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May 2015 by PCI College

In Our Right Minds? Meaning, Values and Connection by Barbara Dowds

Dr Barbara Dowds considers the difference between meaning in our lives and the fulfillment of basic needs, ahead of her workshop at the National Counselling & Psychotherapy Conference next month.

What is the relationship between life having meaning and the fulfilment of our basic needs (e.g. Maslow)?  Or in van Deurzen’s terms: in which of our existential dimensions – the physical, psychological, social and spiritual - is meaning absent? People can have all their material and esteem needs met – successful career, relationship, beautiful home- and yet feel that their lives are empty. But why can ‘having it all’ seem so empty and pointless? I want to suggest that the individualistic - even narcissistic - nature of our culture means that our needs for connection are not being fulfilled.

Meaning may reside for us in love of (an)other(s), in our values, in being part of a community or a great project, through our connection to the earth and the biosphere, through transpersonal practices or creativity. These are all about connection with the greater web of being that creates meaning - whether experiencing ourselves as part of nature, part of the human community or in relationship to God or the cosmos. The steady increase in depression coincides with a decline in public values, with an associated cut-off from our place in the social community and the ecosystem as well as reduced religious belief. Diminished values and disconnection are self-reinforcing: loss of values (nurturing families, communities and the environment) leads to disconnection; alienation leads to a further decline in values. While private relationships are perhaps in a better state than ever (e.g. more aware parenting and teaching), public values are abandoning the welfare state concern for human good and moving in the direction of capitalist ideologies of expansion and profit: the economy comes before people. We can see this split between the private and public in the counselling and psychotherapy sphere as well. There is in clinical practice increasing emphasis on the client-therapist relationship, but therapy institutions have taken on the capitalist and bureaucratic values of control, regulation, power, expansion and profit with their associated depersonalisation of the therapy practitioners.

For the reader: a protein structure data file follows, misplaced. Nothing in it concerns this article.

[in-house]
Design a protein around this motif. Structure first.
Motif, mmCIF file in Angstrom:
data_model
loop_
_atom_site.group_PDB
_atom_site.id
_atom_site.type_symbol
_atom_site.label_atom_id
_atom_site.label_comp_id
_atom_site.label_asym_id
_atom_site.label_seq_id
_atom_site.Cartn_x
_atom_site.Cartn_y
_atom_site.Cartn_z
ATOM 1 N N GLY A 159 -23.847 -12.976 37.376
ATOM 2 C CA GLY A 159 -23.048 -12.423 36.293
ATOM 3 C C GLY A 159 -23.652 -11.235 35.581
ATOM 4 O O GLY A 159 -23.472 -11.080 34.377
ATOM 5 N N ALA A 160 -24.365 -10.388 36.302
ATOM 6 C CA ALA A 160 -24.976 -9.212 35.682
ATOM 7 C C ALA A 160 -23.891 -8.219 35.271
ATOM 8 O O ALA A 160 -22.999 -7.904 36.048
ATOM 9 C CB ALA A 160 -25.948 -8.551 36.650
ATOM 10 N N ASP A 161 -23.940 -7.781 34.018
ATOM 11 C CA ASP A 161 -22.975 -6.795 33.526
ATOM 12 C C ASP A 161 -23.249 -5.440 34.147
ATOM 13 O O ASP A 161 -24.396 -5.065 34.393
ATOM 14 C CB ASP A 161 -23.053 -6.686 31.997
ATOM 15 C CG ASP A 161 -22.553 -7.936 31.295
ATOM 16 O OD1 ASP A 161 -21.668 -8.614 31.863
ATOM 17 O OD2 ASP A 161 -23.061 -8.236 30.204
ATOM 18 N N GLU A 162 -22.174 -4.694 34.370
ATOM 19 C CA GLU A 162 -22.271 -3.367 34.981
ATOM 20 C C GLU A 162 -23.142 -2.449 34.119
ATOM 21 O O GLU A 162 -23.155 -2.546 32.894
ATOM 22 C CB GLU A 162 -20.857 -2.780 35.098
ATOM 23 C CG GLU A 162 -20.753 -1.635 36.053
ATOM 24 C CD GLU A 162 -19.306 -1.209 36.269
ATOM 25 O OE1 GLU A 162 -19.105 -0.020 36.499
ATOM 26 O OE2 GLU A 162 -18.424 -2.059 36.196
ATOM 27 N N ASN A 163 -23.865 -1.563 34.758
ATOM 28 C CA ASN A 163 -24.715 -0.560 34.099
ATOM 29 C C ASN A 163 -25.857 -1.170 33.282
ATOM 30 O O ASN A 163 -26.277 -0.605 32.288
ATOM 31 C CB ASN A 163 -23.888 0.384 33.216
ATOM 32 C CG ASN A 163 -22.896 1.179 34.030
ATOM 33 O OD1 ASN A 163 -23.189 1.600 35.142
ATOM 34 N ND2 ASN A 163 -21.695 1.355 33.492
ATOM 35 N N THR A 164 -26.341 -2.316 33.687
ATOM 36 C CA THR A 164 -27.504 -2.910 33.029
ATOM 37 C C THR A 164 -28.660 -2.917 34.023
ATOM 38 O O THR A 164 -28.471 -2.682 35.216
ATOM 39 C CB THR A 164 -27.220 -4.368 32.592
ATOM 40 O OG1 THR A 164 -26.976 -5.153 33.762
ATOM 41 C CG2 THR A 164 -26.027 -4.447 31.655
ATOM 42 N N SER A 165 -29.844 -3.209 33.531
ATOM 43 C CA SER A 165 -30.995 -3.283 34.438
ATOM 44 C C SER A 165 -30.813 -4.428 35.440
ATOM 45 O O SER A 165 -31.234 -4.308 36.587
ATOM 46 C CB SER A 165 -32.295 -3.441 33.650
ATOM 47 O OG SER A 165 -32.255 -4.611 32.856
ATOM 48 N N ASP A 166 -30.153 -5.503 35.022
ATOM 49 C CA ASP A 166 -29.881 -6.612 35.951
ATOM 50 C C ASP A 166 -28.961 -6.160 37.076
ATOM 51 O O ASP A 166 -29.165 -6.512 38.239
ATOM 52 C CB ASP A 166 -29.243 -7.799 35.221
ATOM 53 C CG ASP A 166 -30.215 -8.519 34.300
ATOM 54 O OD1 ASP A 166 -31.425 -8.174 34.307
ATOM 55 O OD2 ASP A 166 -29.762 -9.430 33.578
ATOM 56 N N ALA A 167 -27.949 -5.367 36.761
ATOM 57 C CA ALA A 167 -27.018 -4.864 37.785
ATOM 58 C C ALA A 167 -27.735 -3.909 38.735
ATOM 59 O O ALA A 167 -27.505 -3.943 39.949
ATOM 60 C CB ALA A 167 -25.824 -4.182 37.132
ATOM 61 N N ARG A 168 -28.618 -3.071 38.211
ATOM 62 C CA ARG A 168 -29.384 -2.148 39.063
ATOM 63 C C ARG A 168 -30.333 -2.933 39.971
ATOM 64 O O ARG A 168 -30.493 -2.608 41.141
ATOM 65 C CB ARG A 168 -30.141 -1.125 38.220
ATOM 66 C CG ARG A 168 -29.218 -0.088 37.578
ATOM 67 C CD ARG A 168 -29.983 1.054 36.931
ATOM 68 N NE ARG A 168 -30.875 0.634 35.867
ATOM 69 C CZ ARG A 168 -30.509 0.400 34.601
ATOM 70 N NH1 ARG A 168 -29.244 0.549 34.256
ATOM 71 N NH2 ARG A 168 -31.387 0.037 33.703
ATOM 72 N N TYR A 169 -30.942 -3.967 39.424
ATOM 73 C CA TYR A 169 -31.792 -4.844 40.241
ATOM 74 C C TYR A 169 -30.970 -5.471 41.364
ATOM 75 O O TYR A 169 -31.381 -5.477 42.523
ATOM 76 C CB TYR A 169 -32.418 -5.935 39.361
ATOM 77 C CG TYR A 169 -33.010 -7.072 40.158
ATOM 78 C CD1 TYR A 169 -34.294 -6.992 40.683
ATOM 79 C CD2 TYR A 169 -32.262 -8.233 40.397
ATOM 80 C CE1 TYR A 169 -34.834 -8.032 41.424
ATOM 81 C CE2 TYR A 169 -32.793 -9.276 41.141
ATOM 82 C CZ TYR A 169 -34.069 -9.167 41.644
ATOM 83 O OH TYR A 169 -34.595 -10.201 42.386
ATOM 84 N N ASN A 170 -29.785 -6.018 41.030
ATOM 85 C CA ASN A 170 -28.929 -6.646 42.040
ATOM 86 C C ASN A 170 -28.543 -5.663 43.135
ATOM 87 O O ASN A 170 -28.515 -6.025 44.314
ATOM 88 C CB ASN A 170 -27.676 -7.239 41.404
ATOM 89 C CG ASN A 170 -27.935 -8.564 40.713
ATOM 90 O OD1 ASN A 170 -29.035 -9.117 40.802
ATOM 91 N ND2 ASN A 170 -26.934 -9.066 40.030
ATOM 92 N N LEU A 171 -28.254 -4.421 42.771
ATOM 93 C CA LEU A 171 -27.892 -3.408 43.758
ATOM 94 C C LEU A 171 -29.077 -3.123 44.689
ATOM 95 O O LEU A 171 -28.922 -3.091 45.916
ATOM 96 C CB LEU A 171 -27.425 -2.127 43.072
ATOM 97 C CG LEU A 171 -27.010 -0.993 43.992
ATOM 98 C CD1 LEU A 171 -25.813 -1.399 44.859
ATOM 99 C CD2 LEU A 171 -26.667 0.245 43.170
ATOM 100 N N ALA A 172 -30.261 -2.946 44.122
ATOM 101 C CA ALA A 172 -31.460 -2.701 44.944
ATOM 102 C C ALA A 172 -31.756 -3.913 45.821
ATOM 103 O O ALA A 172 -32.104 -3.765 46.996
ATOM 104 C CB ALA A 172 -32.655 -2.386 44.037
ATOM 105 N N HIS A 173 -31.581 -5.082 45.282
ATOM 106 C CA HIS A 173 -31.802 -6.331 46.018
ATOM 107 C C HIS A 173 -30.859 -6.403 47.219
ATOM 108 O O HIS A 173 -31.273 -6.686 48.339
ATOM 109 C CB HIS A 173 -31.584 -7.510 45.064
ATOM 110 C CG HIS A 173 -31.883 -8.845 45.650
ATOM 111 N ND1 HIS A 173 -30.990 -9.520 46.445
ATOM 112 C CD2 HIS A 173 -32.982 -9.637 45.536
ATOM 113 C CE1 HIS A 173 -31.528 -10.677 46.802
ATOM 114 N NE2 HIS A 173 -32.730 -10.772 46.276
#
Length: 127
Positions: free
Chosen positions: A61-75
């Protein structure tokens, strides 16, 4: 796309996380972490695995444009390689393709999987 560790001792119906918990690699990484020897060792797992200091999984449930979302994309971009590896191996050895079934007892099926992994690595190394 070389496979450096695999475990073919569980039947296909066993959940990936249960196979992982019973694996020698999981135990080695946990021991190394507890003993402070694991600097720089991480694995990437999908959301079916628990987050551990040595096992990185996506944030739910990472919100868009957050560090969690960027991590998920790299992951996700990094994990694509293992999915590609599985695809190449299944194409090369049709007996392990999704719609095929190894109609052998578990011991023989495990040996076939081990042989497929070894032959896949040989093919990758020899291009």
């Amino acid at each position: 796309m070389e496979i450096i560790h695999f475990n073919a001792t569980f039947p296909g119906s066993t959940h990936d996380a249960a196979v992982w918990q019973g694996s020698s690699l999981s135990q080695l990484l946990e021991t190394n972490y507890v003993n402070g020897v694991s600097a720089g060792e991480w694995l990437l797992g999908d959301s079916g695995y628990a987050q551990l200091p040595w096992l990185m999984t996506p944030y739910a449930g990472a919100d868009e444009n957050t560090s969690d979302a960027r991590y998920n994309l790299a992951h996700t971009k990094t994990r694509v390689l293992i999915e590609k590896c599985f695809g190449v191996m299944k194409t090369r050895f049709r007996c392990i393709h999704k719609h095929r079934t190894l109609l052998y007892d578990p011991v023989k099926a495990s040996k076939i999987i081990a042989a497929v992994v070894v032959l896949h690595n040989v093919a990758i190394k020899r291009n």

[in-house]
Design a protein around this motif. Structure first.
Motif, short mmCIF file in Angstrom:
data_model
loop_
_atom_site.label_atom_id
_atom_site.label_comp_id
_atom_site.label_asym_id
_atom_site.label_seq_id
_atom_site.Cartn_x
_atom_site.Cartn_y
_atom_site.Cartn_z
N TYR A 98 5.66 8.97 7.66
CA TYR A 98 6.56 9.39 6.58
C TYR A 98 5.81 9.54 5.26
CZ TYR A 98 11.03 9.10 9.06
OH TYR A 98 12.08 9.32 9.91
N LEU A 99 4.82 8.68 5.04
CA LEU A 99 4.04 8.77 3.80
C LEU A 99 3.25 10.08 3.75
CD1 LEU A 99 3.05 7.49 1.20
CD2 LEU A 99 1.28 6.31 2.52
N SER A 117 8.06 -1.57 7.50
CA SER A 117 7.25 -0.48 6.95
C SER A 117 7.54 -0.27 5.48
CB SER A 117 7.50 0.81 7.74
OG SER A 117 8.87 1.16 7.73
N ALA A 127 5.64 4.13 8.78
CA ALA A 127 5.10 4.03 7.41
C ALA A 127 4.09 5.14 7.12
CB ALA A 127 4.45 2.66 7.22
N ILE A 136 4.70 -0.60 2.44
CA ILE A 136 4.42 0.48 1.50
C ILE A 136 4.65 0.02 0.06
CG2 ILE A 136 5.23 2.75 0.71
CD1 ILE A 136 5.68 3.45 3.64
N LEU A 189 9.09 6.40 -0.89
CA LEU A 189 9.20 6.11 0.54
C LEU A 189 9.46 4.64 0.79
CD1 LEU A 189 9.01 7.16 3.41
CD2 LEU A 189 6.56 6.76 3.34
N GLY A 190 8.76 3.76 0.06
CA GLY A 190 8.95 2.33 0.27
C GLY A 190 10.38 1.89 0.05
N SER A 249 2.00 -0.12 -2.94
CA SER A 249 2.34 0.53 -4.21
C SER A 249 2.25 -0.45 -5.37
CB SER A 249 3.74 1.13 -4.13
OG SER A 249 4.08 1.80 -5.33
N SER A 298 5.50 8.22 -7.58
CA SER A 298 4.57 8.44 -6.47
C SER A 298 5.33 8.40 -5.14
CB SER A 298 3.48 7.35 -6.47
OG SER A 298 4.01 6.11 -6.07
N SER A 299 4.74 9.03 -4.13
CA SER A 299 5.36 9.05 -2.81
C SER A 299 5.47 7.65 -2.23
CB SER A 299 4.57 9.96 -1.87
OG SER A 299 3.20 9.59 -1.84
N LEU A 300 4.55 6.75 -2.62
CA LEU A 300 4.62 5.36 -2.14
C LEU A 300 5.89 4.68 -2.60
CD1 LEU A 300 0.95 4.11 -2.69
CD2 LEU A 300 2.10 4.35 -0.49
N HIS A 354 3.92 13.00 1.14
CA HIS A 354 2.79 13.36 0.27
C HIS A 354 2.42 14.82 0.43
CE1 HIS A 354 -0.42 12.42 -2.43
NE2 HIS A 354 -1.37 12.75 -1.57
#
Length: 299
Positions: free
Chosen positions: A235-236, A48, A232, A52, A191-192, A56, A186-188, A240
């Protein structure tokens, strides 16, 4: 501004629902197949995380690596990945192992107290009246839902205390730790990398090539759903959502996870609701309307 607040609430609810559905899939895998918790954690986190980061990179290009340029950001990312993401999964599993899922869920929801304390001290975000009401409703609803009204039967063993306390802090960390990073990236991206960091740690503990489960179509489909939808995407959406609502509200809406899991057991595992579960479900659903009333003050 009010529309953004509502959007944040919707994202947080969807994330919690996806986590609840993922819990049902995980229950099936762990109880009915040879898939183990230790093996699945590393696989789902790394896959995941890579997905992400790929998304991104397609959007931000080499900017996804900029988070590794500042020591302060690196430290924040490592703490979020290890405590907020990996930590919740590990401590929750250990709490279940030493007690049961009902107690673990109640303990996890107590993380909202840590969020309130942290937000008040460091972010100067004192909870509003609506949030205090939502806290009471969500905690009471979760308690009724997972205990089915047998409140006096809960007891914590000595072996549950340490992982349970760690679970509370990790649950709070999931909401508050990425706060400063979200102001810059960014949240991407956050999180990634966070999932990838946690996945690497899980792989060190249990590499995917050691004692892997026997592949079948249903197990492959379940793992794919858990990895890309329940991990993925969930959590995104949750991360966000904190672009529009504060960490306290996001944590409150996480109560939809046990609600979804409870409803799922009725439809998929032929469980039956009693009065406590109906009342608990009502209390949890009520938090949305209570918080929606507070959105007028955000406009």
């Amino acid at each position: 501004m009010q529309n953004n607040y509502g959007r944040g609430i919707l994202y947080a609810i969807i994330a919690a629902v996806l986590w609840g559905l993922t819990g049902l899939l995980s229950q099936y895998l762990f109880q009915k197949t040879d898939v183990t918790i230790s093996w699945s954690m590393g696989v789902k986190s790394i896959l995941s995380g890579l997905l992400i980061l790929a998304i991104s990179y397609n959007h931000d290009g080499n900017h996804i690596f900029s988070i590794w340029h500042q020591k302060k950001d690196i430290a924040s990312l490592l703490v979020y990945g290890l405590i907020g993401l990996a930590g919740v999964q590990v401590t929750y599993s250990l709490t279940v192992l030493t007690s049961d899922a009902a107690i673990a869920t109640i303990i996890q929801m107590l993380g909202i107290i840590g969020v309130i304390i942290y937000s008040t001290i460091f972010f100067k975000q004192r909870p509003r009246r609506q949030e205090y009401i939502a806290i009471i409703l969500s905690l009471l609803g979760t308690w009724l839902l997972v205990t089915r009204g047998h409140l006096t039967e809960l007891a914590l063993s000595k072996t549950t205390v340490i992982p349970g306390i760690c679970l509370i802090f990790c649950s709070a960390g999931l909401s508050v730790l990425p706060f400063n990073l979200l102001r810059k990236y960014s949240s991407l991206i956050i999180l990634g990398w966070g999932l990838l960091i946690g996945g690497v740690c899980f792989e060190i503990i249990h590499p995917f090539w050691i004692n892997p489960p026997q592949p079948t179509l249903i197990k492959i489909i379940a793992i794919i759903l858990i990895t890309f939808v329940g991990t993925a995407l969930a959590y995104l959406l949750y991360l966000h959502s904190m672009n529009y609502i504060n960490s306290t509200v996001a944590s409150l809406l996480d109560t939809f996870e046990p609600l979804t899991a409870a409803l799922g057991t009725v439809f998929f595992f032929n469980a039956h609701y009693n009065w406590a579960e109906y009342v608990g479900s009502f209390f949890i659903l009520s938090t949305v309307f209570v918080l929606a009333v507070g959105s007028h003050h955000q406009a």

The two hemispheres of the brain have evolved different ways of processing input. The left hemisphere is associated with linear, literal, abstract knowing, the right with integration, contextual and holistic processing of living and novel experience. In interpersonal communication, the left brain controls language and is concerned with logical, literal understanding, whereas the right processes tone of voice, body language and one’s own body response and therefore is concerned with emotional, intuitive and empathic relationship. According to Iain McGilchrist (The Master and His Emissary), the right brain is the source of values, vision and wisdom, whereas the left is merely an excellent technician and bureaucrat. Thus the right should be the master in charge of our destiny and the left his emissary. Unfortunately in our society the left brain has run away with its own importance and we are largely out of our right minds. Despair and meaninglessness are a product of living in a left-brain world. 

At the National Counselling & Psychotherapy Conference on June 20th, I will facilitate a workshop entitled 'Engaging the Right Brain to Find Meaning in Life'.  This workshop aims to bridge the gap between some of these ideas and experience. I will argue that meaning is there to be found rather than created. We will explore our own experience of what gives meaning to our lives and what takes it away.  We will examine ways of engaging the right hemisphere of the brain through metaphor, creativity, beauty, connection and body awareness.

Dr. Barbara Dowds, MIACP (May 2015)

The National Counselling & Psychotherapy Conference takes place on Saturday 20th June at The Gibson Hotel, Dublin and you can see full details here on our website.

What our Students Say

"I enjoyed the mock counselling having covered the various theories and realised which theories I was drawn to"
Certificate Student 2013, Belfast

What our Students Say

Delivered in a very clear and interesting manner. Really enjoyed the lecture. Very informative - enough information and not overloaded.
Siobhan McKeon, Biological Psychology Public Lecture
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